11 Places That Don’t Look Like They Belong on Planet Earth

Sometimes, places that can be found on planet earth seem more surreal and obscure than anything a Fantasy or science fiction author and artist can come up with.

Chand Baori

A famous stepwell situated in the village of Abhaneri near Jaipur in India, it is located opposite Harshat Mata Temple, constructed in 800 c. and is one of the deepest and largest step wells in India. It was built in the 9th century and has 3500 narrow steps in 13 stories and is 100 feet deep.

Door to Hell, Derweze, Turkmenistan

A wonderful story of how man doesn’t always know how to contain nature, and maybe it shouldn’t. While drilling in 1971, Soviet geologists tapped into a cavern filled with natural gas. The ground beneath the drilling rig collapsed, leaving a large hole with a diameter of 70 metres (230 ft). To avoid poisonous gas discharge, it was decided the best solution was burn it off. Geologists had hoped the fire would use all the fuel in a matter of days, but the gas is still burning today. Locals have dubbed the cavern “The Door to Hell”.

Grand Prismatic Spring, Yellowstone

The largest hot spring in the United States, and the third largest in the world, after Frying Pan Lake in New Zealand and Boiling Lake in Dominica. It’s for its striking coloration. Its colors include blue, green, yellow, orange, red and brown, and recall the rainbow dispersion of white light by an optical prism.

Lake Retba, Senegal

The pink lake in Senegal gets its name from it’s color and its color from Dunaliella salina, a type of halophile green micro-algae especially found in sea salt fields. The lake is also known for ts high salt content, close to 40%, allowing people to float easily on top of it.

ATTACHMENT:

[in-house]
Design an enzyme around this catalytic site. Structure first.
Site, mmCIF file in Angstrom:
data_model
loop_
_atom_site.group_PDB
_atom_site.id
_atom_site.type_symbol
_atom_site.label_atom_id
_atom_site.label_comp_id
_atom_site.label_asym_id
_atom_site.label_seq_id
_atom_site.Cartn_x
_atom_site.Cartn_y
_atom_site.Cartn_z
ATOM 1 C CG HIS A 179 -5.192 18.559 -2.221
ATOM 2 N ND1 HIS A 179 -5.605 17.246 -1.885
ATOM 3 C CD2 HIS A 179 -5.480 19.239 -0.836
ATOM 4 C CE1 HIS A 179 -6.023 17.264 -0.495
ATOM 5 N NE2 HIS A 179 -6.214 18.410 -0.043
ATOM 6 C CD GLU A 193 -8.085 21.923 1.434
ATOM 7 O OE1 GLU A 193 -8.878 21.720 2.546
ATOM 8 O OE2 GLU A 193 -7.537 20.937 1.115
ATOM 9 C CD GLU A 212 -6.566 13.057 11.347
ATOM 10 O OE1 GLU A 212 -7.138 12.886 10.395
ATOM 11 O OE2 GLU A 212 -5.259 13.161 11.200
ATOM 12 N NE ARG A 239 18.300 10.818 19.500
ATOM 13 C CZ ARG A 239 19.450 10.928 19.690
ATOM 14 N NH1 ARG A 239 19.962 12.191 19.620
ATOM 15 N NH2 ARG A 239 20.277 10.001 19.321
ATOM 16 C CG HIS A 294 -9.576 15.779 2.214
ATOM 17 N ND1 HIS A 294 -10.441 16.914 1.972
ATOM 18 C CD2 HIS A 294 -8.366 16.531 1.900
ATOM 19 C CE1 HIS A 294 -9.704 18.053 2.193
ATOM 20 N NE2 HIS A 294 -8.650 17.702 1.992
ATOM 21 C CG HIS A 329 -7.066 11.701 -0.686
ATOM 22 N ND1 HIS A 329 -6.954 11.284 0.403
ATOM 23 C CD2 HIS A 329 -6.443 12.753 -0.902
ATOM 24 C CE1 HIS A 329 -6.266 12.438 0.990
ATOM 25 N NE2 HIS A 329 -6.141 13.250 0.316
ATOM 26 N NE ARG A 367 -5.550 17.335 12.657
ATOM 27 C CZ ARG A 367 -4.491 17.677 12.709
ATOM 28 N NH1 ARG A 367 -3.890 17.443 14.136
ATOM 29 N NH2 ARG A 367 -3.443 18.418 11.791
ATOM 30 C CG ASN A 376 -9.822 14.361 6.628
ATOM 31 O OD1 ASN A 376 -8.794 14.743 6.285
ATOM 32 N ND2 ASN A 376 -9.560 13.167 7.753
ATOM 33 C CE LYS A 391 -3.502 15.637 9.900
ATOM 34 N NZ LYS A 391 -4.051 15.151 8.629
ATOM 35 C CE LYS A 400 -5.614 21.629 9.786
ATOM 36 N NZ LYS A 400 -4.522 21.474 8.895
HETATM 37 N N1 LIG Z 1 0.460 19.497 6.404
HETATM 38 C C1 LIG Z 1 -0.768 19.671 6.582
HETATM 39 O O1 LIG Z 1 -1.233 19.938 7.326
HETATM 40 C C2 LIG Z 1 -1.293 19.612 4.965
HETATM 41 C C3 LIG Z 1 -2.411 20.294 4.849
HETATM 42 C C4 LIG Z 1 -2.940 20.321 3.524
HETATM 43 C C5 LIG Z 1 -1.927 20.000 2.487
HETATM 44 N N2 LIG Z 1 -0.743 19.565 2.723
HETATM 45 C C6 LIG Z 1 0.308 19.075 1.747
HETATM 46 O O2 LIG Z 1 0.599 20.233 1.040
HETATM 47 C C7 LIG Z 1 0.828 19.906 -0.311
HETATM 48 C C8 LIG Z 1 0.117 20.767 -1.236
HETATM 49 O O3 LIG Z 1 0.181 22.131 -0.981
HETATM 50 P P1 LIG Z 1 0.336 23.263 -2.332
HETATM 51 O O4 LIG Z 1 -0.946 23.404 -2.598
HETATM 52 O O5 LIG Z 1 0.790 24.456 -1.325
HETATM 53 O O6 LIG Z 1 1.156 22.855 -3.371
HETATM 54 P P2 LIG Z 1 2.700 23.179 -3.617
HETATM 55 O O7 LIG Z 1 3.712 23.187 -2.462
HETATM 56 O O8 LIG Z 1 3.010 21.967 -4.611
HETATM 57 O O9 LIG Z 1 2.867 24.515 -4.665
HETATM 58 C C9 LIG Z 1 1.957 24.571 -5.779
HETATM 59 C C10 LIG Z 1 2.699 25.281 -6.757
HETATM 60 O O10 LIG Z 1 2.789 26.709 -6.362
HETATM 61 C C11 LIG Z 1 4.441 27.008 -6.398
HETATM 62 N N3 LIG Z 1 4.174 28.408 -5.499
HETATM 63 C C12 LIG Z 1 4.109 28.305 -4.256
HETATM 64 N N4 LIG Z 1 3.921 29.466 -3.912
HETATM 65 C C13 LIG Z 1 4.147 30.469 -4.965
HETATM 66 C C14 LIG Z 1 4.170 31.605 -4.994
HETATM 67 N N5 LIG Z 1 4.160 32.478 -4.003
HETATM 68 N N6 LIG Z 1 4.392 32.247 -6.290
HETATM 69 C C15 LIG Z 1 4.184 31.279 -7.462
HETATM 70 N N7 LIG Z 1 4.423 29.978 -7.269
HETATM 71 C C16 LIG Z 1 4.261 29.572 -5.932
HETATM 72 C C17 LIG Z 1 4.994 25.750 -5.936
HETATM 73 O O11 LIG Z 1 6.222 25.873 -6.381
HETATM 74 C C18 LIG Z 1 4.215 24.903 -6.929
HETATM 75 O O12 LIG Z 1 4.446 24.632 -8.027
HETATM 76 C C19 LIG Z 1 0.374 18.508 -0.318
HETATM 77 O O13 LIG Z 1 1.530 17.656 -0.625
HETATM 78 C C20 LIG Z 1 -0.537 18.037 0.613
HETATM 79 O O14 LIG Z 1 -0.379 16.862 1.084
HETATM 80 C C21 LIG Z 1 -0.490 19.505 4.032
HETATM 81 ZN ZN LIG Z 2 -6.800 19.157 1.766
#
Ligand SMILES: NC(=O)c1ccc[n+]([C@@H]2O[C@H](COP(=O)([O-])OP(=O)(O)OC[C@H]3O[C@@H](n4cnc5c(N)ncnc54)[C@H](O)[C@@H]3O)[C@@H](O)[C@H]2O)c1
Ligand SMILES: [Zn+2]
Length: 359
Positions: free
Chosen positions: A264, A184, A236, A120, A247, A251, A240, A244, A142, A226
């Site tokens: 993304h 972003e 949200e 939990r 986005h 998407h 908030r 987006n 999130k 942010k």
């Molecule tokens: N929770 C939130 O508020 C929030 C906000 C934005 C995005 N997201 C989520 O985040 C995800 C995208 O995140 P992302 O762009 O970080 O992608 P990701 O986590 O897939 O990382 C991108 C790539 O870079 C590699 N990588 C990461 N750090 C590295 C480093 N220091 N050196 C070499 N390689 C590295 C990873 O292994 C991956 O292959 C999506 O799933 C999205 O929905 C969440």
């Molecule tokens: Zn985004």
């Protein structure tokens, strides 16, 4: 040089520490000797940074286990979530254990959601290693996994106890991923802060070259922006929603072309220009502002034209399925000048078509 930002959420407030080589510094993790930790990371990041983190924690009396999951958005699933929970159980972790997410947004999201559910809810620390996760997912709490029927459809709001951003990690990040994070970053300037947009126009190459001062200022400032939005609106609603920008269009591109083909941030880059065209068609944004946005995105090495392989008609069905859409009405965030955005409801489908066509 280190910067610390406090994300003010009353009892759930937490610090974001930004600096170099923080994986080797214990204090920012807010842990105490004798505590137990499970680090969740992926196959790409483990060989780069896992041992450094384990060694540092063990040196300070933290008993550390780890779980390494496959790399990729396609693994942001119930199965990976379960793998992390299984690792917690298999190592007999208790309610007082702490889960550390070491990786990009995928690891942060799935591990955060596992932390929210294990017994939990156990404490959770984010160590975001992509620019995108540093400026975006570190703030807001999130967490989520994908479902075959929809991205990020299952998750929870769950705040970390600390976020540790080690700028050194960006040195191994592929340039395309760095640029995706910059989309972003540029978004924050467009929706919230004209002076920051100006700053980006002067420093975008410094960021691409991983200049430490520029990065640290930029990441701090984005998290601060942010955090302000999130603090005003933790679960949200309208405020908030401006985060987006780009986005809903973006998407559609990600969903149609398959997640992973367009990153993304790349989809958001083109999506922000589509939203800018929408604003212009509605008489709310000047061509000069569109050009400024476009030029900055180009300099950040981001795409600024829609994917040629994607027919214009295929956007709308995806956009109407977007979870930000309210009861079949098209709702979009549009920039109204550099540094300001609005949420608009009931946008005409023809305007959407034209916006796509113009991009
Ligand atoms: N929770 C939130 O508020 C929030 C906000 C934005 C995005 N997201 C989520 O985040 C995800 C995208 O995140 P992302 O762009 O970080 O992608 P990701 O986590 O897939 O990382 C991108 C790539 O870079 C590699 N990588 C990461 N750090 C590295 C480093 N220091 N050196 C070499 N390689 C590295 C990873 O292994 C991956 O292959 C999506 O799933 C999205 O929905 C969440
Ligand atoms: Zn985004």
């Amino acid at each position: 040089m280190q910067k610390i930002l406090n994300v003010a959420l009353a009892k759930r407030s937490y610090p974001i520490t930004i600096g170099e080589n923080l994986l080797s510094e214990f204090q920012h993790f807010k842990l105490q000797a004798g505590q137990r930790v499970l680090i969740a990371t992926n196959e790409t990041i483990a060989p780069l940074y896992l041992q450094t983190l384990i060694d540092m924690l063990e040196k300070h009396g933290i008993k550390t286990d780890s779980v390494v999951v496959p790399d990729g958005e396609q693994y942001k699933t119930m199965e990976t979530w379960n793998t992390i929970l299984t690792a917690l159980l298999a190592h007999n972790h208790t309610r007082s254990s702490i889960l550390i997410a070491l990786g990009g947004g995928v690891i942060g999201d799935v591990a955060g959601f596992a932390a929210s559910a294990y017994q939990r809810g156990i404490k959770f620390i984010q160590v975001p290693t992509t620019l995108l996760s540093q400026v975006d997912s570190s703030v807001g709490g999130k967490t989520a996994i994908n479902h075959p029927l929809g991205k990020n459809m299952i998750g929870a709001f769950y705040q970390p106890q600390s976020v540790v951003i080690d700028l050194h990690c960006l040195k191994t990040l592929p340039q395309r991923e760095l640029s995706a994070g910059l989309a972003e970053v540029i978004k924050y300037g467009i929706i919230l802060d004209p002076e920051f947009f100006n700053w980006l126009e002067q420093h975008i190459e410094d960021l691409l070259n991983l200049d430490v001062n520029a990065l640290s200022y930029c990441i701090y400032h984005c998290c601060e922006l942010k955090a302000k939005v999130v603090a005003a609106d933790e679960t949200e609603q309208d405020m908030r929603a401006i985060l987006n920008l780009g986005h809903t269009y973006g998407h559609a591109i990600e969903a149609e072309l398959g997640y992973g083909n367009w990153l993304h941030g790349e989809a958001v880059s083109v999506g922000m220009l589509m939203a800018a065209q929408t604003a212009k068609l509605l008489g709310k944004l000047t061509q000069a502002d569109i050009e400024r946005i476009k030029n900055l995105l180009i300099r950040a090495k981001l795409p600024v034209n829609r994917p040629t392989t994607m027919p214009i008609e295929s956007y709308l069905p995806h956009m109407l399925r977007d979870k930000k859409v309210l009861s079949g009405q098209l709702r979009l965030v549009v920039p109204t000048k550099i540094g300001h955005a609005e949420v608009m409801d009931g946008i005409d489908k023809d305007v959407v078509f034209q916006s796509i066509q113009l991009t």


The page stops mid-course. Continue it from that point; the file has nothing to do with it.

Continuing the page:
Mount Roraima, Venezuela

The tabletop mountain, located at the triple border point of Venezuela, Brazil and Guyana, considered some of the oldest geological formations on Earth, dating back to some two billion years ago in the Precambrian. It’s surrounded on all sides by 400-metre-tall cliffs.

Salar de Uyuni

The Salar is the world’s largest salt flat, located in Bolivia. The Salar was formed as a result of transformations between several prehistoric lakes. It is covered by a few meters of salt crust, which has an extraordinary flatness with the average altitude variations within one meter over the entire area of the Salar. The crust serves as a source of salt and covers a pool of brine, which is exceptionally rich in lithium. It contains 50 to 70% of the world’s lithium reserves, which is in the process of being extracted. The large area, clear skies and the exceptional flatness of the surface make the Salar an ideal object for calibrating the altimeters of Earth observation satellites.

Namibia “Forests”

A bunch of camel thorn trees in Namibia, with a setting that actually looks like it could take place on Mars in some John Carter novel.

Naica Mine, Chihuahua, Mexico

A working mine in northern Mexico, known or its extraordinary selenite crystals, some reaching 4 feet (1.2 m) in diameter and 50 feet (15 m) long. The Cave of Crystals (Cueva de los Cristales) is a cave approximately 1,000 feet (300 m) below the surface in the limestone host rock of the mine. The chamber contains giant selenite crystals, some of the largest natural crystals ever found.

Richat Structure, Mauritania

Known as the Eye of the Sahara, the Richat structure is a deeply eroded, slightly elliptical, 40-km in diameter, dome. Differential erosion of resistant layers of quartzite has created high-relief circular cuestas.

Stone Forest, Yunnan, China

A UNESCO world heritage site, described as unrivalled in terms of the diversity of its karst features and landscapes.

Zhangye, China

Known for the Danxia landform, that is a unique type of petrographic geomorphology. Danxia landform is formed from red-colored sandstones and conglomerates of largely Cretaceous age.